For well over a year, the only real representation of our house was the two-dimensional drawings that our draftsman created from the ideas we presented to him way back in April 2020. Now that long wait has been rewarded, and we are seeing some fairly dramatic daily changes as the physical structure of the walls and roof are being erected.
It has been interesting to see the various construction phases that I’ve documented in this series of stories, starting with creating access to the property, prepping the homesite, and finally constructing the foundation. These phases were essential, but still not enough to properly visualize how the space would feel by walking through the various framed rooms, and having the three-dimensional perspective to better imagine how the multitude of interior selections we’ve been making over the past several months would actually fit together into the picture we imagine in our minds.
The indications that something big was about to happen began to appear about two weeks ago with a massive delivery of lumber, to include pallets of OSB (Oriented Strand Board), 2×4 and 2×6 framing boards, and pre-fabricated floor joists. Then a few days later, all of the pre-fabricated roof trusses were delivered to the array of materials already pre-positioned at the site. So, now all that was needed was the crew to put our “de-constructed” house together.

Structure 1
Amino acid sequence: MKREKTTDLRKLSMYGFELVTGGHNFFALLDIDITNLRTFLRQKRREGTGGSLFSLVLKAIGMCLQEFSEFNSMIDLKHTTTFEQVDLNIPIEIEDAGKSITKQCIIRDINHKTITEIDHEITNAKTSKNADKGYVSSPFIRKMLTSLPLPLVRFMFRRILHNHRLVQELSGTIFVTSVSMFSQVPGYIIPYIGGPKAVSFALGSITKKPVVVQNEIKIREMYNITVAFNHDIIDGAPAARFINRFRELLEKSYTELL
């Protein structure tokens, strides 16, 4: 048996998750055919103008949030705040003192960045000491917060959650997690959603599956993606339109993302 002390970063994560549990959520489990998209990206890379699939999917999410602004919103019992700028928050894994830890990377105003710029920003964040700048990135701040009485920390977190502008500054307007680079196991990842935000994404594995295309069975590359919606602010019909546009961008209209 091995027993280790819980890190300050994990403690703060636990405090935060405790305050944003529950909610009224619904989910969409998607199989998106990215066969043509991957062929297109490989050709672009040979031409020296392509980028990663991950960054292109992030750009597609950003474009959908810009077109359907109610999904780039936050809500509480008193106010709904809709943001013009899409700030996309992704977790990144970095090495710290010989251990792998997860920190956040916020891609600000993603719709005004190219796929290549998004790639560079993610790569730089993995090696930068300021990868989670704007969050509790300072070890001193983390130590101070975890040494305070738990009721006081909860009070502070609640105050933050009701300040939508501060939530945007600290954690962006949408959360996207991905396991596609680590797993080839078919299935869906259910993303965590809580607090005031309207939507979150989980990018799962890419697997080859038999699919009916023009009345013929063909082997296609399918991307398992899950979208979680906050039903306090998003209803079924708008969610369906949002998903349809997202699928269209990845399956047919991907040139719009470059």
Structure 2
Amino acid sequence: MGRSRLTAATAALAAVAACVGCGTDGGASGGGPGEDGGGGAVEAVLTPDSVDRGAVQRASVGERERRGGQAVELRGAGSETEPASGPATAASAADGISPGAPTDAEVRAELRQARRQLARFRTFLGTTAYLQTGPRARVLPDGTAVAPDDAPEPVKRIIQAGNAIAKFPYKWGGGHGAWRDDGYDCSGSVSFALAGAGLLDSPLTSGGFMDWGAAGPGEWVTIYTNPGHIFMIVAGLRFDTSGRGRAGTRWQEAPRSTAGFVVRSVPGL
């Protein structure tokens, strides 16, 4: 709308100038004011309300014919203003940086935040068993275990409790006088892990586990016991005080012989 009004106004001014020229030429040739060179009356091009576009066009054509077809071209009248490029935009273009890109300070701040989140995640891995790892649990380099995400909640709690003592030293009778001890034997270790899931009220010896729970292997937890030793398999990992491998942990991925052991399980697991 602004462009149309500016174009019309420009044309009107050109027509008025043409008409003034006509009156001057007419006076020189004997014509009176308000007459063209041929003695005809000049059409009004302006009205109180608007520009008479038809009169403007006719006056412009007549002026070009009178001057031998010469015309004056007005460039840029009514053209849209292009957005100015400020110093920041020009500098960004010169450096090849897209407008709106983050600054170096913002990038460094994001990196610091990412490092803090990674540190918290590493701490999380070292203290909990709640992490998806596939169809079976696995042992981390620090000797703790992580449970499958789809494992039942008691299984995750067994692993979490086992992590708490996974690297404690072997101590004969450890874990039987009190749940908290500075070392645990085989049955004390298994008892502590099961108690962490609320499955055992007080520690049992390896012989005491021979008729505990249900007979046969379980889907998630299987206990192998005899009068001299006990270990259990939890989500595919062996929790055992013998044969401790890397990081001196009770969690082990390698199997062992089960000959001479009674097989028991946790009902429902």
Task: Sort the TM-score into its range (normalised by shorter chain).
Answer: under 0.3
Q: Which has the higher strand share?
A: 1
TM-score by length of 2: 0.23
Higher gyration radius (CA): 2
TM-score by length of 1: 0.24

The process to assemble started with the framing of structural walls in the basement that would also serve to partially support the floor joists for the main living area. This was followed by installation of the OSB panels for the sub-floor. The work was completed in two days and created the platform for the interior and exterior walls that would be constructed in the next two days. So as the interior layout of the house began to take shape, we were able to “walk-thru” our future front door into the interior “rooms” and “hallways” while imagining the views from the various windows that were framed out.
The final part of this framing process, still in progress but nearing completion, is the placement of the roof trusses and installation of the OSB sheathing to enclose the roof. All in all, the framing phase takes about 7 days total and remarkable progress has occurred in just the 5 days since we began. I suspect that over the next several weeks we will begin to see some more materials arrive on site. I anticipate that the “skin” of the house (which includes asphalt roof shingles and house wrap to create the all important weather-resistant barrier) will be installed next, followed by windows and exterior doors. Stay tuned for the next page in this story….